Now onto the novel! Herland was recommended to me by one of the founders, Anna, when we were first coming up with ideas for the book club and how it should be run and I’ve wanted to include it as one of our books ever since. It’s a fairly short novel- my copy is only 124 pages- with elements of humour and a first-person, reflective narrative, which makes it pretty easy to read.

Perkins Gilman was one of the earliest first-wave feminists, born in Connecticut in 1860, she spent her life writing poetry, fiction and non-fiction, all of which had feminist aims. Her short story The Yellow Wallpaper, published in the late 19th century, is considered one of the earliest and most important works of feminist fiction. I read this as part of my English A-Level and loved it, so I was really keen to read this novel. I enjoyed the novel and thought it was most useful for exploring the ideas of early feminists. Because this book was published over 100 years ago, I do think there are some gaps in it and some ideas that are problematic and, although I am going to discuss them, I’m very aware that Perkins Gilman is always going to inevitably be a product of her time. Despite this, I think the idea of the book is a really interesting way of portraying the backwardness of a patriarchal society and presenting the merits of feminism and Gilman’s ideas would have been totally revolutionary to a contemporary reader.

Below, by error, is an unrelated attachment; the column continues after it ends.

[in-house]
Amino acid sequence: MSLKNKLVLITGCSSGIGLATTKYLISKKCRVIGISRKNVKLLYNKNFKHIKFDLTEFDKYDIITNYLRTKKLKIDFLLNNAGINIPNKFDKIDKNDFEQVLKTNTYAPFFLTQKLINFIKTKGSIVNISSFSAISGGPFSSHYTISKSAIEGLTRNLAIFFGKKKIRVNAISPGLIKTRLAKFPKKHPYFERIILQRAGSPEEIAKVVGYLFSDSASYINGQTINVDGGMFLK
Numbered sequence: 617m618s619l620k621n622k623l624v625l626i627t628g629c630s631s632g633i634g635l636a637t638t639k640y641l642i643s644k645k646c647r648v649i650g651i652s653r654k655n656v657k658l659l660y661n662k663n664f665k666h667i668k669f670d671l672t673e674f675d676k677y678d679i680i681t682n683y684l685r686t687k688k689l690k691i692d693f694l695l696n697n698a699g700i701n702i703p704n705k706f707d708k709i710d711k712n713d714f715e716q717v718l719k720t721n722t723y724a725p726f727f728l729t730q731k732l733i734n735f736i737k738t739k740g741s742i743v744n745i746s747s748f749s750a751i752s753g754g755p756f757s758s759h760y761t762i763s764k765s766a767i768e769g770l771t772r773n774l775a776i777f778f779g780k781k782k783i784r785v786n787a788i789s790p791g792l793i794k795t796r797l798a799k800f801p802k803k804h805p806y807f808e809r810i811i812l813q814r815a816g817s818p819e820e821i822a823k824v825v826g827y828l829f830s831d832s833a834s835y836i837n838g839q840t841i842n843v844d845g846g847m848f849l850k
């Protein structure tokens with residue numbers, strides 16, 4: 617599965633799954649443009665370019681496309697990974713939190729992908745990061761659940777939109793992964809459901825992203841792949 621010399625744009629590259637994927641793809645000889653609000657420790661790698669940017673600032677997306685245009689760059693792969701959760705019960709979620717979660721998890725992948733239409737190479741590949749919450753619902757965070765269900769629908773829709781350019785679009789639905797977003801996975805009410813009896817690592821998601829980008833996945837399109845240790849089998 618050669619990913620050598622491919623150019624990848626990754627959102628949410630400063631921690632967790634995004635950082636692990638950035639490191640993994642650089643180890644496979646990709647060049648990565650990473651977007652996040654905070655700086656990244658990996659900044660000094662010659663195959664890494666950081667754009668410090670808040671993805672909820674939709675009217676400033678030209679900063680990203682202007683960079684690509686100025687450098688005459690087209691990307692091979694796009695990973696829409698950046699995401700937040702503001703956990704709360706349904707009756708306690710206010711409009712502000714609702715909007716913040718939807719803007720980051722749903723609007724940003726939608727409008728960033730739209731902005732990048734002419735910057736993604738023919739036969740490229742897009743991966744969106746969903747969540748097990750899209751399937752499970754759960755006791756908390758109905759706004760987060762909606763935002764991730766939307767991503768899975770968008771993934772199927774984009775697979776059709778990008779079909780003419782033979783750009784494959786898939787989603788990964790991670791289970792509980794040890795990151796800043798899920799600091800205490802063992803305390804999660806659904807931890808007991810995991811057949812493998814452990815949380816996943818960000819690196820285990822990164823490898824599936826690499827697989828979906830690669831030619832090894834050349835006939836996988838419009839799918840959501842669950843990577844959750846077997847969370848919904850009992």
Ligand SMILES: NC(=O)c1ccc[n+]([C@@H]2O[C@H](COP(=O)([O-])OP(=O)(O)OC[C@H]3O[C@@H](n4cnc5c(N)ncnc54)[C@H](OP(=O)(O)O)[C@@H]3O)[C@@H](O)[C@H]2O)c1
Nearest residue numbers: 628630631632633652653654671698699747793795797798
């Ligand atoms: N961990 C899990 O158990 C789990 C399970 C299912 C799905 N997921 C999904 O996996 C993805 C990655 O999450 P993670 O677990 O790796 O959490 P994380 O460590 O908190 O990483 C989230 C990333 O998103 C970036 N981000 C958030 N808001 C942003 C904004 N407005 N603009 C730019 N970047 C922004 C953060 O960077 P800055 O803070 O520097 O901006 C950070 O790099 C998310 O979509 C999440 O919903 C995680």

The most problematic element of this novel is the fact that it is framed as a utopia, as obviously a first-wave feminists idea of utopia is going to be different to that of a modern feminists’ version. Perkins Gilman’s idea of a utopia is an island of women who are able to give birth without having sex and are living in an advanced world without poverty, war or any other of what might be considered ‘the vices of society’. Through portraying three men who have entered this country for the first time, Perkins Gilman is able to debunk many contemporary myths about women. First and foremost, she deals with the rhetoric spawned by many at the time about the incompetency of women’s ability to govern and even work. This is depicted by the repetitive claim of the three men who enter the country that ‘There must be men’, because they are so impressed with the country.